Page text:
Hi Dine – Yeah, there are people anywhere in the world who are habitually late, no doubt on that. But, I do think it’s cultural, though. The lateness here in the Philippines goes way beyond what I have seen elsewhere in the world.

  14. Dine says

    Bob,

    I forgot to include this experience I had with native people in one of the remote barrios in Malita, Davao del Sur. I had a party for the natives set at 12noon….they came down from the mountains one by one. They were there at 9am!!!!!! How about that??? They were too early for the party!!!!!!!! we have not even butchered the pig yet. Those people are always prompt when it comes to food. They can smell your cooking way up in the mountains. I was expecting for 5 families in the neighborhood and I had twice the number. Needless to say, I don’t know anybody. I was glad the food was shared accordingly. Therefore, my conclusion is obvious….I probably like dealing with the BILAANS AND THE MANOBOS (aboriginal tribes) more that the so called sophisticated people in the city. HA…HA…HA…

  15. John Leick says

    Totally got you on being on time and the food there. For the most part, the food in the RP really is not to my taste. I was raised in the great melting pot of America, and variety is the spice of life. And up in China, I love it, almost nothing I do not eat; it is always an adventure!

    • says

      Hi John – I agree, I love Asian foods. Chinese, Thai and others. I already mentioned Japanese. To me, for some reason, Filipino food is just not in the same class, though!

  16. Russell says

    Hi Everyone,
    My trip to Manila last October was my first ever foray outside of Australia.I went there to meet the lady with whom I had been chatting on the net for a considerable time.
    My intentions about culture and food etc. were to give everything a go and see how it goes.
    To the most part I was able to try everything presented to me except the balut.OMG how could anyone eat an unborn duck or chicken?Totally grossed me out.
    I found the seafood to be extremely salty and passed on that after a couple of tries.
    The sizzling sisig was an interesting dish and although the thought of pigs ears,snout etc. was a little off putting I found it to be rather tasty.
    One thing that I noticed was the way they overcook fish,pork and fried chicken.And those hotdogs they eat with ketchup and rice for breakfast totally yuk.And that chocolate rice for brekky.Definately not!Hahahahhahah.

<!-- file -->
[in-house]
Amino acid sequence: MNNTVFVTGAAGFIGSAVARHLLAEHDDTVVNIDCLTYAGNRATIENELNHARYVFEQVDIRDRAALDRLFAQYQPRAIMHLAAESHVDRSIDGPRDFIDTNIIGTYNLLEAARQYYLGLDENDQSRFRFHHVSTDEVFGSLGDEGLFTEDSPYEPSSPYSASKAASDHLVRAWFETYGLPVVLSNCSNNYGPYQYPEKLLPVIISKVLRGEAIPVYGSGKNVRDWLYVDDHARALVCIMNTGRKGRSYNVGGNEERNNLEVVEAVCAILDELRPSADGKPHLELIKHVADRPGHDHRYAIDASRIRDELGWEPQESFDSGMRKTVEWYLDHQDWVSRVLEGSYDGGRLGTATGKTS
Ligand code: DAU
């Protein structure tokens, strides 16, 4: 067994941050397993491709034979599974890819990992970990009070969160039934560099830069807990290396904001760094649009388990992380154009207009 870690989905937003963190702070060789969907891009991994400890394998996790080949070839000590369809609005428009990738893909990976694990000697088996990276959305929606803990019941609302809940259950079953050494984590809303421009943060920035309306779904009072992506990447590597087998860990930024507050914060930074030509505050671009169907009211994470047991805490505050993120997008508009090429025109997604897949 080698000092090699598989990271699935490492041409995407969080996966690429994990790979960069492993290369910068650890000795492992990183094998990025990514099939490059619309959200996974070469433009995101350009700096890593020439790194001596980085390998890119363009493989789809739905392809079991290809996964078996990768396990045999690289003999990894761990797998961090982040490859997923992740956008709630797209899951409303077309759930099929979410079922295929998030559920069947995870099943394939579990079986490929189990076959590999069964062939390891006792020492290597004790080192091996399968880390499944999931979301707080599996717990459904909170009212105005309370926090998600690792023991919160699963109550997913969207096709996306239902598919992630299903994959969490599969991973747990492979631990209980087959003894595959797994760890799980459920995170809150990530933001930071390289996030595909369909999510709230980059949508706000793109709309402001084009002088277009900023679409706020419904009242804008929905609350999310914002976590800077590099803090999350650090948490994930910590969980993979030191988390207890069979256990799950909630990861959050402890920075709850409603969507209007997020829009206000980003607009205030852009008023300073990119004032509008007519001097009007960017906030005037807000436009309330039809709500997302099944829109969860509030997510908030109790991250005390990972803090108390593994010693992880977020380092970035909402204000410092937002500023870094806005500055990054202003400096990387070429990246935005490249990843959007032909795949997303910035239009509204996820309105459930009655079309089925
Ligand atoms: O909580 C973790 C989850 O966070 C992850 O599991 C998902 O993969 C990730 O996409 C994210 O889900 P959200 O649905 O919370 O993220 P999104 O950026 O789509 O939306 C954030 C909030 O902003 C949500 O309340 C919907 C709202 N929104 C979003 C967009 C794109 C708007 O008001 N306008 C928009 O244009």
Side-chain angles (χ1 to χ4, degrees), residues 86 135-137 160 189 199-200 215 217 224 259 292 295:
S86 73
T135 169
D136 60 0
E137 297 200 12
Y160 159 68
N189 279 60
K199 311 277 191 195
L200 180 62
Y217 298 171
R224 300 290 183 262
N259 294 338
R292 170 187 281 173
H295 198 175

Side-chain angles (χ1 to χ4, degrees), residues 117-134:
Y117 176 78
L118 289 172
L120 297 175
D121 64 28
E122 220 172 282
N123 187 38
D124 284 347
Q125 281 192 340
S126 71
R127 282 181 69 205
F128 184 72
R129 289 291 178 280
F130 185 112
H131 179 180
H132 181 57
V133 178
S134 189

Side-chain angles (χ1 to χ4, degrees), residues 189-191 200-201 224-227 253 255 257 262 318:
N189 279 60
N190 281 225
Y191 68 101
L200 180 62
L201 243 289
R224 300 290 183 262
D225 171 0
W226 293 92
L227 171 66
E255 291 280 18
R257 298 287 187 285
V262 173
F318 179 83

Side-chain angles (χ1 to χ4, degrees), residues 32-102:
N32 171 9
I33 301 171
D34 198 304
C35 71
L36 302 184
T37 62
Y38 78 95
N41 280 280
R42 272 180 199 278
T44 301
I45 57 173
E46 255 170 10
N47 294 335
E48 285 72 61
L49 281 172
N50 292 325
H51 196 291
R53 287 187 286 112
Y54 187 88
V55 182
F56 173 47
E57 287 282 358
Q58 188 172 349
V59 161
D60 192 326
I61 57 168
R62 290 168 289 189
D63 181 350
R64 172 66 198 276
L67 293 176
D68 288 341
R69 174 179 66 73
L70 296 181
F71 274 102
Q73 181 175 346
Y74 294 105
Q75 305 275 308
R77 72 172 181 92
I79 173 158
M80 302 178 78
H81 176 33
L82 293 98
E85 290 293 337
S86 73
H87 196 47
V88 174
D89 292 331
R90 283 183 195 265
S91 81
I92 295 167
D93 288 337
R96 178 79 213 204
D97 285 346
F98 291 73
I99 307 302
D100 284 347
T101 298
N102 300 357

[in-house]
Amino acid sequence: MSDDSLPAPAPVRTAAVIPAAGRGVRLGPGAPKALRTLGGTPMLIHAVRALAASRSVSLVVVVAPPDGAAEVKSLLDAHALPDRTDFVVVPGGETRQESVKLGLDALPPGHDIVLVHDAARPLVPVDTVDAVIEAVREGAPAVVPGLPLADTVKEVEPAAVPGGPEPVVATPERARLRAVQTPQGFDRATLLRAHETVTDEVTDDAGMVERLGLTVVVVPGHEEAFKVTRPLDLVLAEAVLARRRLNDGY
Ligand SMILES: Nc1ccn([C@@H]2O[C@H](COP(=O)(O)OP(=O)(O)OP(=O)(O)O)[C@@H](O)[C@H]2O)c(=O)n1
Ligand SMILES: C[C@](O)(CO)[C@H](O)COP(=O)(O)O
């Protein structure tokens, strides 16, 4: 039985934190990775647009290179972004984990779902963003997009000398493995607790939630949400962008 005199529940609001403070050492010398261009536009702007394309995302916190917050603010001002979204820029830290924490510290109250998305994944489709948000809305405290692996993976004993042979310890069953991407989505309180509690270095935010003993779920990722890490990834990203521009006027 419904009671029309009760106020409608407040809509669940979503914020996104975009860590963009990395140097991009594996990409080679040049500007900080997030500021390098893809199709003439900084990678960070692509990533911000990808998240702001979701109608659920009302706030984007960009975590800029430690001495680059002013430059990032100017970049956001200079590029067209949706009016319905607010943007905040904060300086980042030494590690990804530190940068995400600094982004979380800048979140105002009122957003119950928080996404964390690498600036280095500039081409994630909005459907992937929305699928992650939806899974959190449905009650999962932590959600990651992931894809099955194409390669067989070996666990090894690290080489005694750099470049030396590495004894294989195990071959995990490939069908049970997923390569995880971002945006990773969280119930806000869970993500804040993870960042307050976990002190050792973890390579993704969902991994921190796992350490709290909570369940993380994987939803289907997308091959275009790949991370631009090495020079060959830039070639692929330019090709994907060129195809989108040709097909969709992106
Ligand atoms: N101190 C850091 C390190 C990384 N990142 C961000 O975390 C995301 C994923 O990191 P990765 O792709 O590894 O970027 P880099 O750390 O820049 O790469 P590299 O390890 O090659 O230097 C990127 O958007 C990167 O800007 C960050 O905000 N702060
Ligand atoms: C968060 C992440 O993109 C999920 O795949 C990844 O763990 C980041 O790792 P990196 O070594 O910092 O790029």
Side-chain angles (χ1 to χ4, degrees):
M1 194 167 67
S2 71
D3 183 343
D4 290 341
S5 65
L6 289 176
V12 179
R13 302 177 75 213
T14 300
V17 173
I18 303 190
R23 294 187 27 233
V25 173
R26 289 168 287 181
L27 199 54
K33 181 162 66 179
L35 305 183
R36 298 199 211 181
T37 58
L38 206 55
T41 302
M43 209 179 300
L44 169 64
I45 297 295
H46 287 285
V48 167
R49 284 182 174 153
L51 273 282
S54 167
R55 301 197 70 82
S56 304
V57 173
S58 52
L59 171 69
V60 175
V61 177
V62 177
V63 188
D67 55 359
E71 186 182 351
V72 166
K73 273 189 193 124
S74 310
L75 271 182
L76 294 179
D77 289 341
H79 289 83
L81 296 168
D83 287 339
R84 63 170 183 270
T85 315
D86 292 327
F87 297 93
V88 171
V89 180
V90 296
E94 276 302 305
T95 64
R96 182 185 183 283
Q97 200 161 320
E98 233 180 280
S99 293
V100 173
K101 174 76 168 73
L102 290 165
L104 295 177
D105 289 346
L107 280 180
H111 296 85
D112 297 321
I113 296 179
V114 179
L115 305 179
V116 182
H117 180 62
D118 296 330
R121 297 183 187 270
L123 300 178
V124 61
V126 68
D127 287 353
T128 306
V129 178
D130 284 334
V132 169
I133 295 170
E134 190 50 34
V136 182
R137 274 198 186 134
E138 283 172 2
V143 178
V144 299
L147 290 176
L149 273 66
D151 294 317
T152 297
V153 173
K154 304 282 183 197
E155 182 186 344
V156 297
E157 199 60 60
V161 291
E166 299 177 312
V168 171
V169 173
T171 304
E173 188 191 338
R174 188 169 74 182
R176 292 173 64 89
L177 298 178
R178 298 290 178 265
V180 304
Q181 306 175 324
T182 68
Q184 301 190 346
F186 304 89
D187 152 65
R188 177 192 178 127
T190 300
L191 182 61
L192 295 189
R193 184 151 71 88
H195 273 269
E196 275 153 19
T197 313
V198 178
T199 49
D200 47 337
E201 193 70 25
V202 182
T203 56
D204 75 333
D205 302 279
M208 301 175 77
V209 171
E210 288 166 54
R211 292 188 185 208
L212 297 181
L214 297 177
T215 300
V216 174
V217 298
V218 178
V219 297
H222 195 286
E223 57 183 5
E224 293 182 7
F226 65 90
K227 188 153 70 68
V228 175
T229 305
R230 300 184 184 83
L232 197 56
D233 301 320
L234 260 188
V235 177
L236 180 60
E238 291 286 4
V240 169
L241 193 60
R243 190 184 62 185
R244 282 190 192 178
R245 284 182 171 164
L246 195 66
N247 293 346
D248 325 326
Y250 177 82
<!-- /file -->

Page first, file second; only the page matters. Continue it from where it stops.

Anyway for the most part it was good.
    Getting onto the time factor,I also got rather annoyed when my lady friend would say “I’ll be there at 10 dear” and not show until 2 or 3pm.Grrrrrrrrrrrrr.Half the day wasted sitting in a hotel room.And when I mentioned my displeasure in her tardiness it was like water off a ducks back.Even now I am back here in Oz and want to chat on the net,she never goes online when she says she will.Usually two or three hours later.And leaves a comment like”Where are u dear?” Hmmmmmmmmn women lol.
    I think that these points are going to take a fair bit of getting used to.
    Thanks for the great articles:)

    • says

      Hi Russell – Yeah, the things you describe are the things that drive me wile. Perhaps you will get lucky like I did. When my wife came to the States, she quickly adapted American cultural norms. She likes Filipino foods for the most part, but the Filipino time thing drives her nuts too!

    • says

      Perhaps you could set appointments 2-3 hours earlier than the time you wanted to chat/ meet. Playing mind games can be fun like that sometimes, then maybe she will be right on time. :)

  17. Michael says

    Hi Bob, I would just like to ask a question not really related to this article, but another one of your article on August 2011, titled: Does Philippine Customs overcharge. http://liveinthephilippines.com/content/2011/08/does-philippine-customs-overcharge/

    Anyway , I bought something online (Sunscreen just costs $20)and had it shipped using USPS EXPRESS MAIL INTERNATIONAL from US to Cebu City , Philippines, with tracking . From my experience using that type of shipping it only takes like 7-9 days to arrive. Is my item lost or does that mean I have to pay some money to get my item?

    But my tracking for the LAST 5 DAYS HAS BEEN

    Class: Express Mail International®
    Status: Customs Clearance

    Your item is being processed by customs in PHILIPPINES at 1:13 pm on February 06, 2012.
    Detailed Results:

    Bullet Customs Clearance, February 06, 2012, 1:13 pm, PHILIPPINES
    Bullet Processed Through Sort Facility, February 06, 2012, 9:59 am, PHILIPPINES
    Bullet Processed Through Sort Facility, February 01, 2012, 8:52 pm, ISC CHICAGO IL (USPS)
    Bullet Arrived at Sort Facility, February 01, 2012, 8:50 pm, ISC CHICAGO IL (USPS)
    Bullet Electronic Shipping Info Received, January 31, 2012
    Bullet Depart USPS Sort Facility, January 31, 2012, OMAHA, NE 68108
    Bullet Processed through USPS Sort Facility, January 31, 2012, 5:33 pm, OMAHA, NE 68108
    Bullet Processed through USPS Sort Facility, January 31, 2012, 4:27 pm, COUNCIL BLUFFS, IA 51501
    Bullet Acceptance, January 31, 2012, 3:50 pm, COUNCIL BLUFFS, IA 51501

    • says

      Hi Micheal – While it might usually take 7 to 9 days for such a package, I have also had these kind of packages take up to 2 months after they reach the Philippines. I can’t say if your package is lost or stolen, of course, but I don’t think so.